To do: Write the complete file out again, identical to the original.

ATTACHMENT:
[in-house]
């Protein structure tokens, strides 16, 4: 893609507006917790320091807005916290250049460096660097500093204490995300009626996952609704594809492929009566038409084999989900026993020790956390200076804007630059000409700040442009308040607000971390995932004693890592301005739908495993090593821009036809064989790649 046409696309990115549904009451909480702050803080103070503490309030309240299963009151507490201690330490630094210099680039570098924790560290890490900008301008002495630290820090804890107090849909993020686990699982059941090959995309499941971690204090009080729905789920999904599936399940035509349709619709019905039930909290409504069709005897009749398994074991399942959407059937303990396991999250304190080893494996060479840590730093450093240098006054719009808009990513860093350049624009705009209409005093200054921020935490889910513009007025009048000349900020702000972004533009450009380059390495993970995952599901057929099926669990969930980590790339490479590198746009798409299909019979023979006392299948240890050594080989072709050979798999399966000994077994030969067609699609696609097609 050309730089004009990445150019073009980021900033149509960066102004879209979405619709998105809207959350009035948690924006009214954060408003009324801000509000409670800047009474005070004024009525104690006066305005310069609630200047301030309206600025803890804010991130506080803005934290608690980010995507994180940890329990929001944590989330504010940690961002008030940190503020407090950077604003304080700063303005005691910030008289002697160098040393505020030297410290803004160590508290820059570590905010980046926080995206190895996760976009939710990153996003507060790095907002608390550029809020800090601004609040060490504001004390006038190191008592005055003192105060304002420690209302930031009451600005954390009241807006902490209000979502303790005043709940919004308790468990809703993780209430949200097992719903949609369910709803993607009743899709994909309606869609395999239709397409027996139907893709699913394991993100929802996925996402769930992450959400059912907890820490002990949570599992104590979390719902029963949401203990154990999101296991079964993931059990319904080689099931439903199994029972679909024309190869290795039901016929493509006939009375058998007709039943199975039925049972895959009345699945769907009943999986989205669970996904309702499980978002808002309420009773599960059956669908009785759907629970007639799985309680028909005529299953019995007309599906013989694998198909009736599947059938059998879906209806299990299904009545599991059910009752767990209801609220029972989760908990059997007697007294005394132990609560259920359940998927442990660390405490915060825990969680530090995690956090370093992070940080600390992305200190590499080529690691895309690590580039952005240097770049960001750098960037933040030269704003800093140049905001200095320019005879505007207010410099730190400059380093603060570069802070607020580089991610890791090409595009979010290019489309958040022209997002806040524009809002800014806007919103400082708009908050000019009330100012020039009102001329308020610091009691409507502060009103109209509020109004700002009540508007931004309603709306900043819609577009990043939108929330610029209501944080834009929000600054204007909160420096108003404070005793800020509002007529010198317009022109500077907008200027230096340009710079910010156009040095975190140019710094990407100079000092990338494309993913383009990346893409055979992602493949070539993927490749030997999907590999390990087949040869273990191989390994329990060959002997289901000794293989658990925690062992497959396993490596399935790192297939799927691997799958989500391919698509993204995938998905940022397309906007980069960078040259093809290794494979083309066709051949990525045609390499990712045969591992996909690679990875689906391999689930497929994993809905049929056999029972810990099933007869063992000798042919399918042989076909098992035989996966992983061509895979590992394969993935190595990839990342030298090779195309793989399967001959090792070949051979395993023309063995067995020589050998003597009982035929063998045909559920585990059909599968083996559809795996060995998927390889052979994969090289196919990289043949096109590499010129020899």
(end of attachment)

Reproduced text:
[in-house]
């Protein structure tokens, strides 16, 4: 893609507006917790320091807005916290250049460096660097500093204490995300009626996952609704594809492929009566038409084999989900026993020790956390200076804007630059000409700040442009308040607000971390995932004693890592301005739908495993090593821009036809064989790649 046409696309990115549904009451909480702050803080103070503490309030309240299963009151507490201690330490630094210099680039570098924790560290890490900008301008002495630290820090804890107090849909993020686990699982059941090959995309499941971690204090009080729905789920999904599936399940035509349709619709019905039930909290409504069709005897009749398994074991399942959407059937303990396991999250304190080893494996060479840590730093450093240098006054719009808009990513860093350049624009705009209409005093200054921020935490889910513009007025009048000349900020702000972004533009450009380059390495993970995952599901057929099926669990969930980590790339490479590198746009798409299909019979023979006392299948240890050594080989072709050979798999399966000994077994030969067609699609696609097609 050309730089004009990445150019073009980021900033149509960066102004879209979405619709998105809207959350009035948690924006009214954060408003009324801000509000409670800047009474005070004024009525104690006066305005310069609630200047301030309206600025803890804010991130506080803005934290608690980010995507994180940890329990929001944590989330504010940690961002008030940190503020407090950077604003304080700063303005005691910030008289002697160098040393505020030297410290803004160590508290820059570590905010980046926080995206190895996760976009939710990153996003507060790095907002608390550029809020800090601004609040060490504001004390006038190191008592005055003192105060304002420690209302930031009451600005954390009241807006902490209000979502303790005043709940919004308790468990809703993780209430949200097992719903949609369910709803993607009743899709994909309606869609395999239709397409027996139907893709699913394991993100929802996925996402769930992450959400059912907890820490002990949570599992104590979390719902029963949401203990154990999101296991079964993931059990319904080689099931439903199994029972679909024309190869290795039901016929493509006939009375058998007709039943199975039925049972895959009345699945769907009943999986989205669970996904309702499980978002808002309420009773599960059956669908009785759907629970007639799985309680028909005529299953019995007309599906013989694998198909009736599947059938059998879906209806299990299904009545599991059910009752767990209801609220029972989760908990059997007697007294005394132990609560259920359940998927442990660390405490915060825990969680530090995690956090370093992070940080600390992305200190590499080529690691895309690590580039952005240097770049960001750098960037933040030269704003800093140049905001200095320019005879505007207010410099730190400059380093603060570069802070607020580089991610890791090409595009979010290019489309958040022209997002806040524009809002800014806007919103400082708009908050000019009330100012020039009102001329308020610091009691409507502060009103109209509020109004700002009540508007931004309603709306900043819609577009990043939108929330610029209501944080834009929000600054204007909160420096108003404070005793800020509002007529010198317009022109500077907008200027230096340009710079910010156009040095975190140019710094990407100079000092990338494309993913383009990346893409055979992602493949070539993927490749030997999907590999390990087949040869273990191989390994329990060959002997289901000794293989658990925690062992497959396993490596399935790192297939799927691997799958989500391919698509993204995938998905940022397309906007980069960078040259093809290794494979083309066709051949990525045609390499990712045969591992996909690679990875689906391999689930497929994993809905049929056999029972810990099933007869063992000798042919399918042989076909098992035989996966992983061509895979590992394969993935190595990839990342030298090779195309793989399967001959090792070949051979395993023309063995067995020589050998003597009982035929063998045909559920585990059909599968083996559809795996060995998927390889052979994969090289196919990289043949096109590499010129020899």